Thrifting rises through social media, prompted by fashion cycles

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Anjali Kota

Sometimes a thrifted piece may need some TLC, but that just makes the end result worth it.

Flip left, flip right, a quick once over for stains or unintended rips, and into the cart it goes. This is the life of many thrifters. They may find something worth saving in an old beaten up Coach bag, or, speaking from personal experience, longevity in a pair of bootcut Levi’s jeans.

With a rise in COVID-19 came a rise in social media, and with a rise in social media came a rise in thrifting. This rise of thrifting brought many things, and the majority of them were good, from reducing waste to supporting the community to saving a little money.

For many however, the main reason that people go into thrift stores is to find good looking clothes on a budget, or one-of-a-kind styles. Whereas many have been thrifting for a while, others discovered the appeal of thrifting on a popular social media site, TikTok.

The five stages of a fashion trend are introduction, rise, peak, decline, and obsolescence. (Anjali Kota)

The rise of thrifting began on TikTok in response to the reemergence of the past fashion trends. Many flocked to thrift stores hoping to find low rise jeans, graphic tees and velvet sets. This speaks to the cyclical cycle of fashion trends. Curated thrift store ex employee and senior, Haley Coronado saw that in past styles that have begun reemerging.

“All the 80’s and 90’s styles are coming back and so people are trying to look for the cute styles on a budget,” Coronado said.

To understand why thrifting emerged in response to fashion trends, one must first understand the nature of fashion cycles. Fashion trends can typically be sectioned into five sections: introduction, rise, peak, decline and finally obsolescence. That usually takes twenty years before this trend reemerges: but not anymore.

What began as a friendly war between skinny jeans and mom jeans sprung into something much further because these trends circled back to fashion that happened not long before. Fashion cycles started getting smaller and smaller. In many ways, this was bad because it meant that there was an increasing amount of consumption of people trying to keep up with fast-changing trends, but in others ways, TikTok was good because it started pushing others to go to the thrift store as they began seeing videos on thrift store finds.

AP Environmental Science teacher Kathleen Troyer believes that social media has been especially effective in spreading the word on thrifting because of its easily shareable nature.

There is a lot more awareness, part of it is social media, people are able to share ideas on these platforms that maybe otherwise they may not have had such a large audience,”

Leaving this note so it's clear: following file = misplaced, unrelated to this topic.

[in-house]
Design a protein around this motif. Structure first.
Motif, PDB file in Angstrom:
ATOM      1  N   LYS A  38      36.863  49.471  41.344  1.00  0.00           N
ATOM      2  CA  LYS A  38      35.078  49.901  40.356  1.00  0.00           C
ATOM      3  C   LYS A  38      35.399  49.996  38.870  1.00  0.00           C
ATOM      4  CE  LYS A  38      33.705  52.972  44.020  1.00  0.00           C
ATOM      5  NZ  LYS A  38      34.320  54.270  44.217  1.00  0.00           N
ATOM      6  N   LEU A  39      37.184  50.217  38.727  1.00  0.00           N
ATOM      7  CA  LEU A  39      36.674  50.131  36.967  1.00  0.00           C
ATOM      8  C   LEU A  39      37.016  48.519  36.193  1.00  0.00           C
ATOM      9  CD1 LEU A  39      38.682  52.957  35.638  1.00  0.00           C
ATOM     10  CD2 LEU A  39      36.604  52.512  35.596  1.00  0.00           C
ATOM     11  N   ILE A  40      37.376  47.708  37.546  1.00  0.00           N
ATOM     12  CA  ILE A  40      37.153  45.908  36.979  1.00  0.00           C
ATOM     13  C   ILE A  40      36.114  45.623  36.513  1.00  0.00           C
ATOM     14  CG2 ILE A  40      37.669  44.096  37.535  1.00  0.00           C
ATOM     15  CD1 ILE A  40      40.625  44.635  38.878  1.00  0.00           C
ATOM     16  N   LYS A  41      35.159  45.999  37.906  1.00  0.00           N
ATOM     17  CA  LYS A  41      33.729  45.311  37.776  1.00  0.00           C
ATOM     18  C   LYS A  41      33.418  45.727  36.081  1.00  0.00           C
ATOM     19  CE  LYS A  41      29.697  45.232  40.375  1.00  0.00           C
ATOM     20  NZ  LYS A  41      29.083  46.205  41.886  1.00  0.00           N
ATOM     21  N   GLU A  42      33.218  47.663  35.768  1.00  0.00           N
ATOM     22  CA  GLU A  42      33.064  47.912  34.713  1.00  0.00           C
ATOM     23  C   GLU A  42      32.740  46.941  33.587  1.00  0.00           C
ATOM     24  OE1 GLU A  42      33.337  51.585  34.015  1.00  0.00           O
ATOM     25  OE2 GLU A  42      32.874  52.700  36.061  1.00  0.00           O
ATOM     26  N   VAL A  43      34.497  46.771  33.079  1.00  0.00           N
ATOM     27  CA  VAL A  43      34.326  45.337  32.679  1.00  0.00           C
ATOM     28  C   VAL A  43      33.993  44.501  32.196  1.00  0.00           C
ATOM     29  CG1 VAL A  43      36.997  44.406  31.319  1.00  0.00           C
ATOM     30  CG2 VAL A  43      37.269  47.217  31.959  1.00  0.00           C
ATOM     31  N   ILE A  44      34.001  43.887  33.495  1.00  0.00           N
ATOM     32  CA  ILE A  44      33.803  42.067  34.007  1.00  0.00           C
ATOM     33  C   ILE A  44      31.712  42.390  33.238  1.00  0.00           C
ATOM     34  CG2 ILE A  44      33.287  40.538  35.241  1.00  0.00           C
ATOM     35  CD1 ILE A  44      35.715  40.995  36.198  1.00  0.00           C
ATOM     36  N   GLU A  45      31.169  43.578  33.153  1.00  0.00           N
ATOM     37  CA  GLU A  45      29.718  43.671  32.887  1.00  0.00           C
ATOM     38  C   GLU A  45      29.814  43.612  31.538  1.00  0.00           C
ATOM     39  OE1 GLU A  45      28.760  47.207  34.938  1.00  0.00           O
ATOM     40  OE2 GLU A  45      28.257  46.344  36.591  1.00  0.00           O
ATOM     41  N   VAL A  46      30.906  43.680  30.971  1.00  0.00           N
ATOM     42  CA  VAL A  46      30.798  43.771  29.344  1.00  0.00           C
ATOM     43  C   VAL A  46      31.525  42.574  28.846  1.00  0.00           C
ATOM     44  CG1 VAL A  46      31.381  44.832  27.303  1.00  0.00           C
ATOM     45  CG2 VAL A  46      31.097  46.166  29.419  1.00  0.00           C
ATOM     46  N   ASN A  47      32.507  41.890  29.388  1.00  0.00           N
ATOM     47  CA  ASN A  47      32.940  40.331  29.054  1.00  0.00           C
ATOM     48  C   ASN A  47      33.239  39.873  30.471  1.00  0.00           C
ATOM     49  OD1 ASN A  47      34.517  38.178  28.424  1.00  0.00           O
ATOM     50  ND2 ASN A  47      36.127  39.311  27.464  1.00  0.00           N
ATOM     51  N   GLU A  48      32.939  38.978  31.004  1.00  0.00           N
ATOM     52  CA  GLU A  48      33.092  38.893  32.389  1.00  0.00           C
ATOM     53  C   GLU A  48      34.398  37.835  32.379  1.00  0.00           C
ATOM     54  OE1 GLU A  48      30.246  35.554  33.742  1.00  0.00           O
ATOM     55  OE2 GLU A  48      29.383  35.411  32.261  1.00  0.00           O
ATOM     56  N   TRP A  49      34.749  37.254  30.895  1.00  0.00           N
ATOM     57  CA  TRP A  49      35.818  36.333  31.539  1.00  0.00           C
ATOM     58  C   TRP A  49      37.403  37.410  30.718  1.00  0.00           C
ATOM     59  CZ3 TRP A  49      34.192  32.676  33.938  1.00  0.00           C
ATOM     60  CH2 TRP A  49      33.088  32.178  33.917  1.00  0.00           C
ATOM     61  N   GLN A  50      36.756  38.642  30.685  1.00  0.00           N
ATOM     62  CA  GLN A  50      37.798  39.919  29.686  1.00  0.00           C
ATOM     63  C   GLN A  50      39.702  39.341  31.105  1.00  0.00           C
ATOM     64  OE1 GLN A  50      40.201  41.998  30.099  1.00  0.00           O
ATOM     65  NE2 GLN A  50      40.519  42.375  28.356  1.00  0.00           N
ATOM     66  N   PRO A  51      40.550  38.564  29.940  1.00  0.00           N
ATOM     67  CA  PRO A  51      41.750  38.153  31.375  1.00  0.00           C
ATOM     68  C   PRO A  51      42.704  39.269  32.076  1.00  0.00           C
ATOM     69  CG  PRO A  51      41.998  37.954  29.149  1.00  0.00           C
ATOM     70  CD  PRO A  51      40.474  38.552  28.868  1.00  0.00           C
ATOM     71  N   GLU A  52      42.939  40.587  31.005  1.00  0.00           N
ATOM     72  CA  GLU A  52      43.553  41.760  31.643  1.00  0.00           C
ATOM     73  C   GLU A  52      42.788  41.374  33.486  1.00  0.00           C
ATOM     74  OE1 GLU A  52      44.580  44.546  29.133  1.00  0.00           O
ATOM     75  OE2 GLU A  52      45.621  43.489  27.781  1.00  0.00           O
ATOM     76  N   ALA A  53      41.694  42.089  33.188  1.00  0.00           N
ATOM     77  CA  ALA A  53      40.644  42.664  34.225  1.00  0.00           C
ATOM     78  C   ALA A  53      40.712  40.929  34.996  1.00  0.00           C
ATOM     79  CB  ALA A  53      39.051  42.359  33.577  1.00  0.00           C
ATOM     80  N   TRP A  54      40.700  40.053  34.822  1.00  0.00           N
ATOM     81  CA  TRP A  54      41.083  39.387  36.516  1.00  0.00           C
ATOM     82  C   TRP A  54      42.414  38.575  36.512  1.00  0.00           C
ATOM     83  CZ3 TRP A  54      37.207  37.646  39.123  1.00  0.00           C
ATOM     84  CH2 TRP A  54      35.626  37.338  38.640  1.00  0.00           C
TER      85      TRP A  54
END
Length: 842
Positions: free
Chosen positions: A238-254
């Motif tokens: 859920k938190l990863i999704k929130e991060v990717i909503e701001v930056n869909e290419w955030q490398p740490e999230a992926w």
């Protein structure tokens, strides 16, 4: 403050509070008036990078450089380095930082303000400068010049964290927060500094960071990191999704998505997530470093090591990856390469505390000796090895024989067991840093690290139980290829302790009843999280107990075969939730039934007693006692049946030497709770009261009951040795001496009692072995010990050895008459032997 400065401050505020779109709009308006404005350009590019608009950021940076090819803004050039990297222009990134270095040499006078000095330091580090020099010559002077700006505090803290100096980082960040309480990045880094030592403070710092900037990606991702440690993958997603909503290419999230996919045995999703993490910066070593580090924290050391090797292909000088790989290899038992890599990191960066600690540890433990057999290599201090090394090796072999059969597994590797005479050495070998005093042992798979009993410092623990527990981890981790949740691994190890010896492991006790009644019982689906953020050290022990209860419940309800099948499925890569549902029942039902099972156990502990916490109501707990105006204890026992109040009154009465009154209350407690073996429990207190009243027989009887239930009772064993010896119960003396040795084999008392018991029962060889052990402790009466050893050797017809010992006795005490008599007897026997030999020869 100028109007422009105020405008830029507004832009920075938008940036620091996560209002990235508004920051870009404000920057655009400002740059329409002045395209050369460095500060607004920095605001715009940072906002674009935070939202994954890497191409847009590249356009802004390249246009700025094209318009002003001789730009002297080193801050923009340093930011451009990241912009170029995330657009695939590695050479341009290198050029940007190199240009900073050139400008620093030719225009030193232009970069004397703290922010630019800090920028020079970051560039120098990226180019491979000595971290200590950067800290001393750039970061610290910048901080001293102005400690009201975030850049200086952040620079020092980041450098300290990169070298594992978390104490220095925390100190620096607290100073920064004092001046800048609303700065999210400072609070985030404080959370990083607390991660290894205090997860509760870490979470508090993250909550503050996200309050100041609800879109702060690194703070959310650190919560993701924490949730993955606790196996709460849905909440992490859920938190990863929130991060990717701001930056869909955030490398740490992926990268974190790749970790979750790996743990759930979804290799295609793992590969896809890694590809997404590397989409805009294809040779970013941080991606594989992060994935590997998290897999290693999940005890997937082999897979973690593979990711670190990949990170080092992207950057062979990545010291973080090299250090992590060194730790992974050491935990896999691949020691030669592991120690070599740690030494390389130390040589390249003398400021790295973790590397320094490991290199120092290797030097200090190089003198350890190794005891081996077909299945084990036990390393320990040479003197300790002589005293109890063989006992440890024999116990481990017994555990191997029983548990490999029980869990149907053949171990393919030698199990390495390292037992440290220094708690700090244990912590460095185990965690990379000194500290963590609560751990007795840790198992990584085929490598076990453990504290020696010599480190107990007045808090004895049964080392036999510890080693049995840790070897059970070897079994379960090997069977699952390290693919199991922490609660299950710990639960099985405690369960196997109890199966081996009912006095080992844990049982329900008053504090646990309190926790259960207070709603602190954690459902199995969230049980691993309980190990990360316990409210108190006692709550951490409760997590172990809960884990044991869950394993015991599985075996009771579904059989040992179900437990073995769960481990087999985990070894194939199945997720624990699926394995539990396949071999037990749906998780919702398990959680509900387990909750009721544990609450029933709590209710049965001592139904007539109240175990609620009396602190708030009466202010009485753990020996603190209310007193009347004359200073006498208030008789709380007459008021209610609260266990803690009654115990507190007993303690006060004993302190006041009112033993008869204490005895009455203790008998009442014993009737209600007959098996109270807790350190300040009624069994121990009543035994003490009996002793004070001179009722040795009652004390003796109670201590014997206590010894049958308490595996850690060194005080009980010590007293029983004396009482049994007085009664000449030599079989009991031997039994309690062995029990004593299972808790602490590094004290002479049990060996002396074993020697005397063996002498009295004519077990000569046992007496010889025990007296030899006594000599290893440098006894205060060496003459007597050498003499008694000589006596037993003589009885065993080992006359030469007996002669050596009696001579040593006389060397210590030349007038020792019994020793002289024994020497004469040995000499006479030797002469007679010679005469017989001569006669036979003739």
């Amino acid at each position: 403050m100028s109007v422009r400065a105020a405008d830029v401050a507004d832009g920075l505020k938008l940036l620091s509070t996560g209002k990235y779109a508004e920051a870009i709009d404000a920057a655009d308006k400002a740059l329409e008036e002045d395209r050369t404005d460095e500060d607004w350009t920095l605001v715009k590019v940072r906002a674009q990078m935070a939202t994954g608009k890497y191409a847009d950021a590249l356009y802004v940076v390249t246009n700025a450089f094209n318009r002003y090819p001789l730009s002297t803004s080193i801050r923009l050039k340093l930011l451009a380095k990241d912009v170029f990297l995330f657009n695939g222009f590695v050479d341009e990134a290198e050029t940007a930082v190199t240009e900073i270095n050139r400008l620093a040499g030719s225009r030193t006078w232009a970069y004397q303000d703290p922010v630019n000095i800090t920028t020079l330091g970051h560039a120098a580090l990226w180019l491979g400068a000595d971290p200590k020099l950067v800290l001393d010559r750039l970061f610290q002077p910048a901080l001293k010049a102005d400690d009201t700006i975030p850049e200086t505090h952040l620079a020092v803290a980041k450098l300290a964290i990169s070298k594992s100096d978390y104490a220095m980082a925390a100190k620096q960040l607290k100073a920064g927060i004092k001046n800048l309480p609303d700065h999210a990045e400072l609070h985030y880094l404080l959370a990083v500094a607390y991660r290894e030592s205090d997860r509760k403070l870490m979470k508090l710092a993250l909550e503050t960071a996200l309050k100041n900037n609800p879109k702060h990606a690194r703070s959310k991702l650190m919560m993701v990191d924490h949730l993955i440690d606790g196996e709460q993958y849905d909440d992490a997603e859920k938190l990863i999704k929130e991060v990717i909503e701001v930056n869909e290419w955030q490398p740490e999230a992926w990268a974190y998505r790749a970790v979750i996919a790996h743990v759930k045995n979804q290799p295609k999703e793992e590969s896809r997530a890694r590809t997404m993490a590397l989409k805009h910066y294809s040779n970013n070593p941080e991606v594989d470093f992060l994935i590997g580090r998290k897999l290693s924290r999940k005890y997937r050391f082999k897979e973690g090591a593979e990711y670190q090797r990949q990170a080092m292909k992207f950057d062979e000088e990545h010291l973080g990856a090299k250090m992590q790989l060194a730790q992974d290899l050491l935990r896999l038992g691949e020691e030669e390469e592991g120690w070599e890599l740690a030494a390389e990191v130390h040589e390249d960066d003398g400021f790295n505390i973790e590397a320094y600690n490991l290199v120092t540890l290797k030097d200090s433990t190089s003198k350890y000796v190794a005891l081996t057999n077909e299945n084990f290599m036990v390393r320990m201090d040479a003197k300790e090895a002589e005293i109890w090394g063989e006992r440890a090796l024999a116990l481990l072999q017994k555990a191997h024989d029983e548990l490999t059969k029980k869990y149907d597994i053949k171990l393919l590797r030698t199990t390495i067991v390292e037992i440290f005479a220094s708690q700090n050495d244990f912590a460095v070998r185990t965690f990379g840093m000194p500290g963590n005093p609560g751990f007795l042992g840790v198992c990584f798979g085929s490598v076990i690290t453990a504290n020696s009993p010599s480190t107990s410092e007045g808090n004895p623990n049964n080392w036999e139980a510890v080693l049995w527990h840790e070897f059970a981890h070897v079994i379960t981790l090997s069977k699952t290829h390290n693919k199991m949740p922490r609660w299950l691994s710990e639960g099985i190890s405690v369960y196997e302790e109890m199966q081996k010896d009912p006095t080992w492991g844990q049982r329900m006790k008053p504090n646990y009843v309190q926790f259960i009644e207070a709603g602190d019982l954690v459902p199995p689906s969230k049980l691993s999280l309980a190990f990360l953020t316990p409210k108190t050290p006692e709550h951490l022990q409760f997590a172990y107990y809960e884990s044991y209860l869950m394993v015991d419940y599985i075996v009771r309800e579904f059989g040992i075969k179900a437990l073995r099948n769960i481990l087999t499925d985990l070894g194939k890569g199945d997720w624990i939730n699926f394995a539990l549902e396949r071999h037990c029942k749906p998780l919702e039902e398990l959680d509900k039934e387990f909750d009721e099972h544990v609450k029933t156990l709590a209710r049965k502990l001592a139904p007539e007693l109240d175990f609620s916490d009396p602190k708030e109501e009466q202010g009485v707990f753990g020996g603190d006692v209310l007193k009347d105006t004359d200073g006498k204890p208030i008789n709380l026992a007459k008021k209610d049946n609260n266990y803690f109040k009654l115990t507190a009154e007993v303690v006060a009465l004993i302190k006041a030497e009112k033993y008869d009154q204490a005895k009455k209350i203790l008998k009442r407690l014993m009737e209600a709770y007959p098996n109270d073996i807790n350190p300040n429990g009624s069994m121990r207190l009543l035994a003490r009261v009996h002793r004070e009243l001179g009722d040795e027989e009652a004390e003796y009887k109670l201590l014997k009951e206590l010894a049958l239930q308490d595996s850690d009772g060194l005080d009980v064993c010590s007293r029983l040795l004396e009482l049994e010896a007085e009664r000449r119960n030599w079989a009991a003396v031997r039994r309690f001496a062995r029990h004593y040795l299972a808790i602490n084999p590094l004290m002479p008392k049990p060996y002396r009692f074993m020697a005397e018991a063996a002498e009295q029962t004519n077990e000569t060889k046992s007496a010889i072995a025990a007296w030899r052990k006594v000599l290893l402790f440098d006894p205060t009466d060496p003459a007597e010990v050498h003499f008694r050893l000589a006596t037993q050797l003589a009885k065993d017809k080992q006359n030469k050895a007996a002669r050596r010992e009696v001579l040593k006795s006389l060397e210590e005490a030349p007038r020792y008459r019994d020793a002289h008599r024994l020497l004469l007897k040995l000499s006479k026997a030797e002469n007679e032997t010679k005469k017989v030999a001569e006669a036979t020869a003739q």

— Kathleen Troyer

At the thrift store, consumers have the ability to look for pieces they wouldn’t find anywhere else, at a price point they wouldn’t find anywhere else. In fact, one of senior Annie White’s favorite pieces that she thrifted is a pair of unique earrings.

“I found this really cool pair of earrings that were sterling silver with stones in them were really expensive, they were ocean jasper and I grabbed, them and they were three bucks,” White said.

Others may use the argument that by thrifting, clothes are taken away from those that need them but ex-Goodwill employee senior Sydney Mertens, disagrees.

“Obviously if you’re in the middle of nowhere in Wyoming, and some rich person is taking it all away to resell it, that’s annoying. But Goodwill here, we put away so many clothes, like over a thousand. There would be clothes out in the aisle for weeks before getting compressed and then sent out to the goodwill bins, and then it’s all thrown away. In the end, there’s so many clothes being put out in one day that I don’t really think that that’s true,” Mertens said.

In the sustainability view, Troyer recommends consciously looking into where the money and clothes go when thrifting.

“Certain companies that people donate to, they’re for profit and so they are selling it and making money off of it,” Troyer said.

While thrifting isn’t the most effective way to tackle climate change, if done by enough people, thrifting can scale back the effect of the fashion industry on the climate, even by a little bit, from utilizing fewer fossil fuels to less waste overall.

“From an environmental perspective, thrifting is fantastic because something that would otherwise be tossed into the garbage finds a new home, a new life and a new purpose,” Troyer said.

Though sustainability remains a good side effect of thrifting, the main reason that many chose to thrift is the unique clothing.

“I like the things that I find there better, they are cheaper and it feels better to shop secondhand… everything is very unique, it’s really cool to just go through and hunt,” White said.

“I mainly go because it’s cheaper and I like the clothes I find there, like when I went to the Goodwill bins, I found cute sweatshirts,” Coronado said.

The most important thing brought on by the rise of thrifting was the ability to shop for one’s own fashion preferences. Now at thrift stores, you may see fast fashion imitating what was popular not too long ago, like the House of Sunny dress or crochet color block sweater that was popular not too long ago. Or you might see other things like a pair of bell-bottom Levi’s jeans or in White’s case, a pair of one-of-a-kind earrings.